826LA’s in-school programs have taken us far and wide this year, from the beach to the communities of Boyle Heights and East Los Angeles. No matter where we’ve sent our tutors (the Furniture District south of Downtown Los Angeles for personal statements, Hollywood for an exchange of letters, El Segundo for career road maps, or Chatsworth for a Getty-Los Angeles Education Partnership collaboration), public elementary, middle, and high school teaches have benefited from the special 826LA brand of one-to-one attention, free of charge.
We haven’t just inspired young writers to write, though. We’ve inspired them to dream, and to do so ambitiously. On Tuesday, some of the best dreams we’ve been able to assist in being born are unveiled when the Libros Schmibros lending library/used bookstore for Boyle Heights plays host to the authors of Like a Shadow Blocking My Light: Hopes for a Better Boyle Heights and their free community release party.
Like a Shadow Blocking My Light, a full collection of never-before-published writing, comes directly from the pens of sophomore writers at the Theodore Roosevelt High School School of Communications, New Media and Technology. Over the spring, each of the participating students from Gene Dean or Jorge Lopez’s classes got to toy with questions like this one: What needs to change in order to generate more justice and equity in Boyle Heights? Slowly but surely, the help of 826LA in-school tutors ensured that each student’s ideas reach a well-organized, eloquent form suitable for publication. 826LA’s design staff picked up the task of making the Roosevelt students’ writing into a chapbook that emphasized both struggle and visions of hope, and the result is (to say the least) stunning.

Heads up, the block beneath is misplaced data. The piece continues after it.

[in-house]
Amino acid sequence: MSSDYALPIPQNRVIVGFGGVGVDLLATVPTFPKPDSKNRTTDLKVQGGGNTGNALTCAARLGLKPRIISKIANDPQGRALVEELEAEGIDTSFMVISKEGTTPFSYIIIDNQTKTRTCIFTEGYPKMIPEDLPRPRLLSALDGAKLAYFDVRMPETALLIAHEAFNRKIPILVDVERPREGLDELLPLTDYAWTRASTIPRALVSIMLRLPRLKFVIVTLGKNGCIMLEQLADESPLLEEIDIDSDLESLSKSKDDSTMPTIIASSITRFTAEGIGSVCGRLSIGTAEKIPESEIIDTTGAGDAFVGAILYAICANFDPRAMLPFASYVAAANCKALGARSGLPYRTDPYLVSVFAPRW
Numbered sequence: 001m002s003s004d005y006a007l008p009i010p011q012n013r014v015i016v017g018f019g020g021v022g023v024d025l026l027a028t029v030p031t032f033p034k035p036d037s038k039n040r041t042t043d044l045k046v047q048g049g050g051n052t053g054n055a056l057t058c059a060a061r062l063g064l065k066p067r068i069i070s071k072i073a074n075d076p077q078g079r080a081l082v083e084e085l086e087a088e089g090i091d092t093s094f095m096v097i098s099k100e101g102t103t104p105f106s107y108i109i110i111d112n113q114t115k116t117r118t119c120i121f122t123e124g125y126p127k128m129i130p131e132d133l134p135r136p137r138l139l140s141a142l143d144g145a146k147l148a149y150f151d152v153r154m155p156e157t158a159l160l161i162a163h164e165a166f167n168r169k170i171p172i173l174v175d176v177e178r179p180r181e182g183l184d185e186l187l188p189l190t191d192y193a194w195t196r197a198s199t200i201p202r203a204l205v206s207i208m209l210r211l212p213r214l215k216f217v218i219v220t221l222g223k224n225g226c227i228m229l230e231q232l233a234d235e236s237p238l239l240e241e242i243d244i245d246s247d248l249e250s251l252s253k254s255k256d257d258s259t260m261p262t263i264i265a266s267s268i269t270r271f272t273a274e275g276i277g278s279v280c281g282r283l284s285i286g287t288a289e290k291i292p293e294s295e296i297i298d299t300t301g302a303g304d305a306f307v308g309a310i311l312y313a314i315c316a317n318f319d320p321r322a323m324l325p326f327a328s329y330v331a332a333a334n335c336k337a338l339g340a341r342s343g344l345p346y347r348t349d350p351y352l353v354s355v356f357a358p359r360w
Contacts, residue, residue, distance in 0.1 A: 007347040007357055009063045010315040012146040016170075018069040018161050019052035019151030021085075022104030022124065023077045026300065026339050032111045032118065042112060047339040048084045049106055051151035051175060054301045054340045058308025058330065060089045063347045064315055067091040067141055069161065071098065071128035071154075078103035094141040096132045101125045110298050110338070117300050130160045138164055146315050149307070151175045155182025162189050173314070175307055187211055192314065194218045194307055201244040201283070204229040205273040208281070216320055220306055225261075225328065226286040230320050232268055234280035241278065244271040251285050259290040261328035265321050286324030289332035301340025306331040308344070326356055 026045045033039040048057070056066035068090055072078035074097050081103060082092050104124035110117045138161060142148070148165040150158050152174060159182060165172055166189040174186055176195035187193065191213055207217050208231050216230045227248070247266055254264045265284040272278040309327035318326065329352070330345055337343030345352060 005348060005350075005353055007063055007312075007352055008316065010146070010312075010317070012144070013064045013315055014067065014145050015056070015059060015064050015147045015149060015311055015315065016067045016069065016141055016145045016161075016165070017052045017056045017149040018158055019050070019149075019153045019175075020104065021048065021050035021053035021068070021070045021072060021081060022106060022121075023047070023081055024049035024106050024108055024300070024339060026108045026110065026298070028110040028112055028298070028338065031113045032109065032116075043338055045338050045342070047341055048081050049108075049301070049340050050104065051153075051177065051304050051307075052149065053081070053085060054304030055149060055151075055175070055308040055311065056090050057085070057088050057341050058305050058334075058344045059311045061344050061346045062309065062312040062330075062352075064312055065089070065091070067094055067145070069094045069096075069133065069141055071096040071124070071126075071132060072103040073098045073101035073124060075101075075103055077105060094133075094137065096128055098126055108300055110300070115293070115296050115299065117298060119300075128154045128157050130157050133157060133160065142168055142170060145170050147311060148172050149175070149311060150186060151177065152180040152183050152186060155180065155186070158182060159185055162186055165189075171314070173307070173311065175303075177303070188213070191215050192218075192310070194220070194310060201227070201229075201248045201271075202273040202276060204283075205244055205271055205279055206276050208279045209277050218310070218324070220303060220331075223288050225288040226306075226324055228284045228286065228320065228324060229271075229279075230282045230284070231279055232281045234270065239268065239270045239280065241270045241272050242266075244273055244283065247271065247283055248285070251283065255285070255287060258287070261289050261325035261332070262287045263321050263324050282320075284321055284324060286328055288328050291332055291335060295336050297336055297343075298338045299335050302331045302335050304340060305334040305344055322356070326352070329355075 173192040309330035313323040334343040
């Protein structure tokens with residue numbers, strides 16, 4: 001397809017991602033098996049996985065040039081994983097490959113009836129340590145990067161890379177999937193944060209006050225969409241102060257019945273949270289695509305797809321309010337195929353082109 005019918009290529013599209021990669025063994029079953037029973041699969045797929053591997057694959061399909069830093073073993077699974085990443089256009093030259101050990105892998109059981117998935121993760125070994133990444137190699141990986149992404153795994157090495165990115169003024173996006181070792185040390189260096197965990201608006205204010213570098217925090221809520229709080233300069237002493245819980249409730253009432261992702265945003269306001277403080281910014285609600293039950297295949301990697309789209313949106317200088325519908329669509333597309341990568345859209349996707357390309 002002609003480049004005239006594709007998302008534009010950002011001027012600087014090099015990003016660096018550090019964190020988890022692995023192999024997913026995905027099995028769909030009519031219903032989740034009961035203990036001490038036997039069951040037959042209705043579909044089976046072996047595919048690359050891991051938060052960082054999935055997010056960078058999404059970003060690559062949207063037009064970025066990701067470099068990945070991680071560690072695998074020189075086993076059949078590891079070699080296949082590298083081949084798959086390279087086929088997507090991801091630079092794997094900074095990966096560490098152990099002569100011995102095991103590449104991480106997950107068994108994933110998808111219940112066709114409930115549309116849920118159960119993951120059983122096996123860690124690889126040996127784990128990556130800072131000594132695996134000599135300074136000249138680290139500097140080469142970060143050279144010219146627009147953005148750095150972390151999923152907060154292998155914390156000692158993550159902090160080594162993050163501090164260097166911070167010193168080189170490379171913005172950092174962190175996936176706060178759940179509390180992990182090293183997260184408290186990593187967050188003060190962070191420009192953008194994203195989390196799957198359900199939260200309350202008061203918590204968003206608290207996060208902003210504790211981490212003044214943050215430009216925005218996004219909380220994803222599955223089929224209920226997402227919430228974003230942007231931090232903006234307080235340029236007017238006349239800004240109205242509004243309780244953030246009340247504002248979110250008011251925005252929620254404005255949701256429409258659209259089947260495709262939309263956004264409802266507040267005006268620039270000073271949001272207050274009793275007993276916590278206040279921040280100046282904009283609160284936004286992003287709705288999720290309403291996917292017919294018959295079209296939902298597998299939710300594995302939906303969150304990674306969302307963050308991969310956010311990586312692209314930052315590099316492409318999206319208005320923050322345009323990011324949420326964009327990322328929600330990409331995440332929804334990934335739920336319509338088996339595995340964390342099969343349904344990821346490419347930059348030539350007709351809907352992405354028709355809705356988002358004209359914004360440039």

The Roosevelt teachers who worked with 826LA note, “This project helped develop a more confident, young intellectual who used his reflective knowledge and voice to advocate for change in Boyle Heights. In the beginning of the project, some students struggled to write about their personal obstacles, but by the end they were presenting solutions to an audience of parents, students and educators. We believe that through reflection and the written word, students will begin to read the world, become empowered, and hope to nurture the spirit of change.” And we can’t think of a better place to kick off the next stage of that journey than Boyle Heights’ own Libros Schmibros (a cultural establishment which puts a unique spin on Boyle Heights’ history of change, and which recently moved to a new home at Mariachi Plaza), a creation of former National Endowment for the Arts head David Kipen.
Guests at the afternoon reading from 5:30 to 7:30 can expect to hear great ideas, great writing, and great signs that the future of a Los Angeles neighborhood like Boyle Heights is rapidly maturing in the talents of its students, who get experiences like 826LA project support as often as we can possibly support their teachers. All donations made at the event will go to the free activities for schools and families that further our mission, of course, and you can RSVP through the Roosevelt page right here.